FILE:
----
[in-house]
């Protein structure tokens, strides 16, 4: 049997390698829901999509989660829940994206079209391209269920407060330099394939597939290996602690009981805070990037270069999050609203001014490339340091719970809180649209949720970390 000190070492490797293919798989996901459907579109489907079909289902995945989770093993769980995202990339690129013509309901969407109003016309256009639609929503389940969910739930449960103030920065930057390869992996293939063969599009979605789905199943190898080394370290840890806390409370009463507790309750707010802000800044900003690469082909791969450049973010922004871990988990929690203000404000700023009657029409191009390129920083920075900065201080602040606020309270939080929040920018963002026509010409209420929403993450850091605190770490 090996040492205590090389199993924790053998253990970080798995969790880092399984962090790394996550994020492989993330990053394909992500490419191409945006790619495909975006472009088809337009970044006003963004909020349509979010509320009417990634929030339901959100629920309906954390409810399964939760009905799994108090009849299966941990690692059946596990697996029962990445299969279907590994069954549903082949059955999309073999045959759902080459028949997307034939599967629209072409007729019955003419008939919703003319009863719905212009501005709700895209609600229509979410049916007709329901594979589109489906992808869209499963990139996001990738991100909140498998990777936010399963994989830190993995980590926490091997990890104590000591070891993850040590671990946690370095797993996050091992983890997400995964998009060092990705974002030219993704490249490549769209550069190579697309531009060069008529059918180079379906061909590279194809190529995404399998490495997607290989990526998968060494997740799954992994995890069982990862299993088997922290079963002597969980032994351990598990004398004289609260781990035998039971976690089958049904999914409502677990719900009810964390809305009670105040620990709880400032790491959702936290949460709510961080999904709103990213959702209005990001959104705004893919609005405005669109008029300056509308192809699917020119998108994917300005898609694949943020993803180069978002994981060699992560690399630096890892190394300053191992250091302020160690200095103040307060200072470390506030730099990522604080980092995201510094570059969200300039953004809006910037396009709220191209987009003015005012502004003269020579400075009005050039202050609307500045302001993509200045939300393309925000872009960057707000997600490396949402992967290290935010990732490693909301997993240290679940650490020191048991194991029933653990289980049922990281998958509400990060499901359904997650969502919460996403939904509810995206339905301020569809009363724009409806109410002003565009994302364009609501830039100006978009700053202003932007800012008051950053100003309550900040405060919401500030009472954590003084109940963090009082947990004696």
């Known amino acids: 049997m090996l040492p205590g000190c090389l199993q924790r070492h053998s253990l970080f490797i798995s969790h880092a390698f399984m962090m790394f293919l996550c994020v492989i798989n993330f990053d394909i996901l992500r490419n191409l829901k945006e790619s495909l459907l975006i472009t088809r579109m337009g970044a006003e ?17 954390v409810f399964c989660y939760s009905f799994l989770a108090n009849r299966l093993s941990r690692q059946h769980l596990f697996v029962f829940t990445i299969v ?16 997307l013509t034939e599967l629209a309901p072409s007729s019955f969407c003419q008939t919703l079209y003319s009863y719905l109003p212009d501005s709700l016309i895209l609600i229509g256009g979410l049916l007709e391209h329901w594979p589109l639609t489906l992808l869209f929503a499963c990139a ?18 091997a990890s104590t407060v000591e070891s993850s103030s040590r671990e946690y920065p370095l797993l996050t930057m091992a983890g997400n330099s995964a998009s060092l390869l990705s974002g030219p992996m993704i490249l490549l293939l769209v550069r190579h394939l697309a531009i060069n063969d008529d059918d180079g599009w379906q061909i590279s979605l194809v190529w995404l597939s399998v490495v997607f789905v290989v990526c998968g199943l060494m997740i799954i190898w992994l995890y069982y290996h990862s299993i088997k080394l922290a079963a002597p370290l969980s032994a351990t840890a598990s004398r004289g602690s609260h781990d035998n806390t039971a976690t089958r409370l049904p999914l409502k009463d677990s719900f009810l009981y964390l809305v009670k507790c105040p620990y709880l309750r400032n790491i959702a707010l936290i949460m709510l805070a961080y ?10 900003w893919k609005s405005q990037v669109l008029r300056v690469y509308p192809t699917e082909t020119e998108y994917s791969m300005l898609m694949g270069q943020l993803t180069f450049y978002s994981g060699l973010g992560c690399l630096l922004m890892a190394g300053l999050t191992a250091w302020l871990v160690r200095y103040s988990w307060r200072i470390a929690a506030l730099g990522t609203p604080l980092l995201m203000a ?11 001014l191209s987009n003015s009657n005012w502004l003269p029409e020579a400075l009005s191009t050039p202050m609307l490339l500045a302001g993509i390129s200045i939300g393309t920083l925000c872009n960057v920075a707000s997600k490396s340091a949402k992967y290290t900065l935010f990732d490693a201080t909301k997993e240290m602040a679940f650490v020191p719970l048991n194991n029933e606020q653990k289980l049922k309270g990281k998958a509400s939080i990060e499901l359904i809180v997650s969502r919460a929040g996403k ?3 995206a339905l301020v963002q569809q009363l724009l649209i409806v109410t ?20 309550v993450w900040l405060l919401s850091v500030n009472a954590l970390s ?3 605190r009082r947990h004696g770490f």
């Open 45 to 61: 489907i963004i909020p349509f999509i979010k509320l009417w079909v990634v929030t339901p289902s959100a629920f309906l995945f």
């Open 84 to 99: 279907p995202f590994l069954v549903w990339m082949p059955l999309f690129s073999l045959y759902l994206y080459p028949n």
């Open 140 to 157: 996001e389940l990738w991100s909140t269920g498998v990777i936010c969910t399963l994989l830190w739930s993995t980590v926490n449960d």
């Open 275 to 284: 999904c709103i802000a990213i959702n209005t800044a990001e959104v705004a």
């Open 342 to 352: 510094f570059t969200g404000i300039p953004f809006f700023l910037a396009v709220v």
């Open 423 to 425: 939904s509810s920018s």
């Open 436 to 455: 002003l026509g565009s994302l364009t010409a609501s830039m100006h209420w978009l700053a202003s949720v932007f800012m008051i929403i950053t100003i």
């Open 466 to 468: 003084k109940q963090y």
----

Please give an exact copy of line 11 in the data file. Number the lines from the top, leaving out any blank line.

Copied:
């Open 466 to 468: 003084k109940q963090y």